The two fastest growing foreign languages in the United States are Arabic and Urdu. Arabic is the most popular language in the Middle East and Urdu is the native language of the Pakistanis and is regarded as their national language. Both languages are associated with Muslim nationals who have immigrated into the region in high numbers in the recent past.
According to Census’ Bureau 2014 American Community Survey (ACS), in a new report by the Center for Immigration Studies, Arabic and Urdu are quickly taking over many American households. They attribute this to a rapid increase in the number of immigrants from Muslim countries.
Statistics show that more than one out of five U.S. residents uses another language, apart from English, when they are at home. In the period between 2010 and 2014, the use of Arabic has increased by 29 percent, while that of Urdu leaped by 23 percent.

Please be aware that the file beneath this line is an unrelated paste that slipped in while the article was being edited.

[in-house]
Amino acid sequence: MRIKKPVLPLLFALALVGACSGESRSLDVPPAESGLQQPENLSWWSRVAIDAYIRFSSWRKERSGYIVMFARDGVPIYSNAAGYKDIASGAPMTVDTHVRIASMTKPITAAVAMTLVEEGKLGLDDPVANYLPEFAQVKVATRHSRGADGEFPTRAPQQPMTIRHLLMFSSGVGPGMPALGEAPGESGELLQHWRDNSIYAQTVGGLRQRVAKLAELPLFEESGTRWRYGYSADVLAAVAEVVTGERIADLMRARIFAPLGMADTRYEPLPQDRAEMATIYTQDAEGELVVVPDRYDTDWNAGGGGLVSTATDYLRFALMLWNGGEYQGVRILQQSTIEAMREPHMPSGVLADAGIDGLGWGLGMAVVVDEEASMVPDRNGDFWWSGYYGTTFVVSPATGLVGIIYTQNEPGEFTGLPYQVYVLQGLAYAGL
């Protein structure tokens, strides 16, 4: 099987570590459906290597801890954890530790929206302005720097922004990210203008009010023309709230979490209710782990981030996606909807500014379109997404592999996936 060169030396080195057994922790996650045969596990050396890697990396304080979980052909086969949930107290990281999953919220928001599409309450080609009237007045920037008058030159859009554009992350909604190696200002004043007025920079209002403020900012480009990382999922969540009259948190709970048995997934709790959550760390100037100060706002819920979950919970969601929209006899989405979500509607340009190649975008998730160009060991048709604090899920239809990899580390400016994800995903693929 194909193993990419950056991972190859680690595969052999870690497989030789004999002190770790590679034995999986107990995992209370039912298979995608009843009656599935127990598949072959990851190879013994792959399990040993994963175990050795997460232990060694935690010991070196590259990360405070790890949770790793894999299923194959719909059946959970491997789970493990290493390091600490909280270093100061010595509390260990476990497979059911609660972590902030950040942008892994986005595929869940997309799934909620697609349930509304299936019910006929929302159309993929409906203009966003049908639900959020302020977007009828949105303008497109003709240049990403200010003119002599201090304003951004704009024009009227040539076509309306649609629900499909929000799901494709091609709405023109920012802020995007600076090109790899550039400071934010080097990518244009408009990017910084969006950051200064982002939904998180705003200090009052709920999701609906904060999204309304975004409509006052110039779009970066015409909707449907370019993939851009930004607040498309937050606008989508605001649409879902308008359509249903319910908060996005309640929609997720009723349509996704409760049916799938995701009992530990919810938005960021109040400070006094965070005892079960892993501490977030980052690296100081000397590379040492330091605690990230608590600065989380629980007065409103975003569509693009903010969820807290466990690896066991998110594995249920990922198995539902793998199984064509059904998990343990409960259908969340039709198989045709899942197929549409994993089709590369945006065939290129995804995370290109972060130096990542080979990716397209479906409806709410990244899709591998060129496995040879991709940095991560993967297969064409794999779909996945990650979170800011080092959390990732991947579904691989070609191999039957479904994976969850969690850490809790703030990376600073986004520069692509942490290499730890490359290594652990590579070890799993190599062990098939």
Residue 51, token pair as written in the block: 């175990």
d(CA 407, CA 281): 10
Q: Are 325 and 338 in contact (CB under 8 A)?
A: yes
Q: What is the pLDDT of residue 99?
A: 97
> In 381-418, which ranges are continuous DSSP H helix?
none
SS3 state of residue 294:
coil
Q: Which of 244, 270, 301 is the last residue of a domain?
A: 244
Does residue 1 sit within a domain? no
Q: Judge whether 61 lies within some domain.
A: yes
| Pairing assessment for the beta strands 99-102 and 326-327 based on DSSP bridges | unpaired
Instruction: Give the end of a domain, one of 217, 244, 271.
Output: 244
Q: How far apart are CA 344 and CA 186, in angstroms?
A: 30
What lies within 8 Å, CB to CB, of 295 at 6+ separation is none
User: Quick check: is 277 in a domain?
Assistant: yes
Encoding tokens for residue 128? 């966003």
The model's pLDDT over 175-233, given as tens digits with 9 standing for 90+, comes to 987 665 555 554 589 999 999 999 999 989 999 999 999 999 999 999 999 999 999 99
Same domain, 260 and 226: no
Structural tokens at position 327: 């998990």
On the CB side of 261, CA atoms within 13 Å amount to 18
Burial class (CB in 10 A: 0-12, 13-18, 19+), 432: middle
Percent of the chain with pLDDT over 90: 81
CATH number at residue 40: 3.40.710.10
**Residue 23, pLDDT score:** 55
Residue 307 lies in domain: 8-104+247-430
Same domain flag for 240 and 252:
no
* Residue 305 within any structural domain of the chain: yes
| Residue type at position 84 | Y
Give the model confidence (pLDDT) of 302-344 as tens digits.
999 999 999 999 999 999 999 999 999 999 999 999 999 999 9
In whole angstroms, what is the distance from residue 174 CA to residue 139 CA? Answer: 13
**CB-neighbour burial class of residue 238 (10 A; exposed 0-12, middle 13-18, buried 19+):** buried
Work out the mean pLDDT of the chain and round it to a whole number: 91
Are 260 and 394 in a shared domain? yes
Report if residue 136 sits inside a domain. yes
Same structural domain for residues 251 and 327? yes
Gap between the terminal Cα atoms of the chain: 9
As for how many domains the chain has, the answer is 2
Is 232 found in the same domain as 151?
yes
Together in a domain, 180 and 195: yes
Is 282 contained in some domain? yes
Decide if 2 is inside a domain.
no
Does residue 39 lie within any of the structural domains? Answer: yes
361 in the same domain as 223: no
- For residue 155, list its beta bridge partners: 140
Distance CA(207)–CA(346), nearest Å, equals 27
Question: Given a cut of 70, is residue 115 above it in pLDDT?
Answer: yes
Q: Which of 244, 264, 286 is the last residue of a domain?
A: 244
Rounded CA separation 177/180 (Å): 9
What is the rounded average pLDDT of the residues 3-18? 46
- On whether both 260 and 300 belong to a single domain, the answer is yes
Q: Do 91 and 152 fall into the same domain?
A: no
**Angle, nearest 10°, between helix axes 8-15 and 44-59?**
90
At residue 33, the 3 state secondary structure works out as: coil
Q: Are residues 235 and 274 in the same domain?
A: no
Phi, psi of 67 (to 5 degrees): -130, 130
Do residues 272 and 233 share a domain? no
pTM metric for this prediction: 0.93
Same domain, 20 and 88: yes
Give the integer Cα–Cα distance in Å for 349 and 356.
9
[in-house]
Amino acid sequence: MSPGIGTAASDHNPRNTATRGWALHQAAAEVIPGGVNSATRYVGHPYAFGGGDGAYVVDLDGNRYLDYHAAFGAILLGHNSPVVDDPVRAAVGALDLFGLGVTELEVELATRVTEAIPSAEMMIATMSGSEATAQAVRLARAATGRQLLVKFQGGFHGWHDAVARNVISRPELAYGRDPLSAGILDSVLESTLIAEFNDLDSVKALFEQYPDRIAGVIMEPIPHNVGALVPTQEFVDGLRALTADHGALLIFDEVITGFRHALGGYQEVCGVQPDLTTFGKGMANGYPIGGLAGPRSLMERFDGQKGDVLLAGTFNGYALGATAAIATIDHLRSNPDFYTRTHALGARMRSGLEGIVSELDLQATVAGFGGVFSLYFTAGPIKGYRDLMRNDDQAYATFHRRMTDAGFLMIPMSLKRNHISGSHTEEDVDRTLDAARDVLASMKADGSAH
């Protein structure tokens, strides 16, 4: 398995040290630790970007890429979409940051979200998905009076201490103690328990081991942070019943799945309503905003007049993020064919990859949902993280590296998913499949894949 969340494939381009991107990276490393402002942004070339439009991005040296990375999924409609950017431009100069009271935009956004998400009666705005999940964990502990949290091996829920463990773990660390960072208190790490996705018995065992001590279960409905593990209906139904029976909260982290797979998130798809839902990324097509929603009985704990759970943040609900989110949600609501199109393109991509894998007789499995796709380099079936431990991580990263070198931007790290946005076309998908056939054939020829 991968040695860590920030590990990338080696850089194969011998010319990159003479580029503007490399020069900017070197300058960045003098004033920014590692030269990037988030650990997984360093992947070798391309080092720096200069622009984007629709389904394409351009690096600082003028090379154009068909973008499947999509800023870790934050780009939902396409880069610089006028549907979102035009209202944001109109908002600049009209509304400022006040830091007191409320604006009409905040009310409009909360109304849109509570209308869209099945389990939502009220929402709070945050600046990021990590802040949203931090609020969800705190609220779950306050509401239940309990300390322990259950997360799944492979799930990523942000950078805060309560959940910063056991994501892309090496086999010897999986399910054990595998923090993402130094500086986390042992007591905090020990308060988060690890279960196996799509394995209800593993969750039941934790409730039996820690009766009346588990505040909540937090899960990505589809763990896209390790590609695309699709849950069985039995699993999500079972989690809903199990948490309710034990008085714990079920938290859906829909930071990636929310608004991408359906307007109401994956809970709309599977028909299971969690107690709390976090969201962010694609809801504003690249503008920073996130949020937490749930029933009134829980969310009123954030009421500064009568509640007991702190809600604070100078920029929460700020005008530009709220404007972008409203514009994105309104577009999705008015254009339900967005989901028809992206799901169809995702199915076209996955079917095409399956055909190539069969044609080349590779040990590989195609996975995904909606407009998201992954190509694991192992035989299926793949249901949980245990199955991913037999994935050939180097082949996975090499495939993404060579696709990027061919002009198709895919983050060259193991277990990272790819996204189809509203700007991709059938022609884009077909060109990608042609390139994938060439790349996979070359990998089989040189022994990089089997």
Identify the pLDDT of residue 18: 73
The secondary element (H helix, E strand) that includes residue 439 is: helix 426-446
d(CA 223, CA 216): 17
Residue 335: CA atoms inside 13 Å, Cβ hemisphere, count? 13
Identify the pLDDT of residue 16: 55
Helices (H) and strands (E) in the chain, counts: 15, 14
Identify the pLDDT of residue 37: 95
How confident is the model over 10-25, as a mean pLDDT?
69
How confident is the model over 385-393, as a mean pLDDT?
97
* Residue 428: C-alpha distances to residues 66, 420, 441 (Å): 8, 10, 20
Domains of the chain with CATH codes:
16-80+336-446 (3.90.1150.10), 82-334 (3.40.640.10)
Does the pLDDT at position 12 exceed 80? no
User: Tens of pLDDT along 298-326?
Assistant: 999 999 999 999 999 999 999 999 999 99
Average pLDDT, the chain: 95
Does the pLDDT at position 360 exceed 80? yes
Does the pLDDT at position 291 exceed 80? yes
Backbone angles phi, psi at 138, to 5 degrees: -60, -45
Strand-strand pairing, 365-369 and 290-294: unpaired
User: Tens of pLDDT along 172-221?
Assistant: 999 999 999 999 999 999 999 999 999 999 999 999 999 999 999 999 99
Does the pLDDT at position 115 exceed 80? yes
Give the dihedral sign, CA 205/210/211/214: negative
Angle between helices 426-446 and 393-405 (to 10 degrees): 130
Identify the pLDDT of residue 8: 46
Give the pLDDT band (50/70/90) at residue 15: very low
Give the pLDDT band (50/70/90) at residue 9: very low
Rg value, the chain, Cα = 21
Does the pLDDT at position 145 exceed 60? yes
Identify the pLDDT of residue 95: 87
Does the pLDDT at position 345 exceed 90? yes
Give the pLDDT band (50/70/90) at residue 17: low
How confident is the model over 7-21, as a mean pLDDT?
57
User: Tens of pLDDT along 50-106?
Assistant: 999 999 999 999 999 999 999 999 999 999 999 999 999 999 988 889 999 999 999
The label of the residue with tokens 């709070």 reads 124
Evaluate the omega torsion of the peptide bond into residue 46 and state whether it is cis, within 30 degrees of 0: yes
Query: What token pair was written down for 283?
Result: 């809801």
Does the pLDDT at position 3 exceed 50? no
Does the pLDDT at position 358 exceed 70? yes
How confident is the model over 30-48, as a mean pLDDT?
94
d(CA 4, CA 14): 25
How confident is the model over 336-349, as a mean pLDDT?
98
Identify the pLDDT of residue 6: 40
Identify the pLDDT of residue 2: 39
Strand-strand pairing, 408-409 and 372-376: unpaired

Previously, the United States has been in the limelight for having the second largest Spanish-speaking population in the world. But this is likely going to change soon if the increase in Muslims is anything to go by.
Persian, a language spoken in Iran, has also gained popularity among residents, having increased by nine percent in the last five years.
According to other previous studies, the Muslim bloc is getting bigger and stronger as a result of increasing levels of immigration from Asia. Annually, the number of Muslim foreigners immigrating to the U.S. is estimated to be at least 280,000.
The country provides them with visas and other benefits such as social welfare, resettlement of relatives, and finally citizenship and voting rights on application.
The rapid growth of these languages is causing worry among native U.S. nationals. Steve Camarota, the author of the report, said, “English as our common language is part of the glue that holds our country together.” Camarota said the surge in Muslim immigrants will cause a huge strain on the bond that unites Americans. “With no pause in immigration levels in sight, the nation is headed into uncharted territory.”
As the 2016 presidential election continues to shape up, immigration laws are coming into focus. While Republican presidential candidate Donald Trump said he would deport all immigrants, Florida Sen. Marco Rubio has called for tolerance with regard to immigrants, saying attention should be shifted to the law.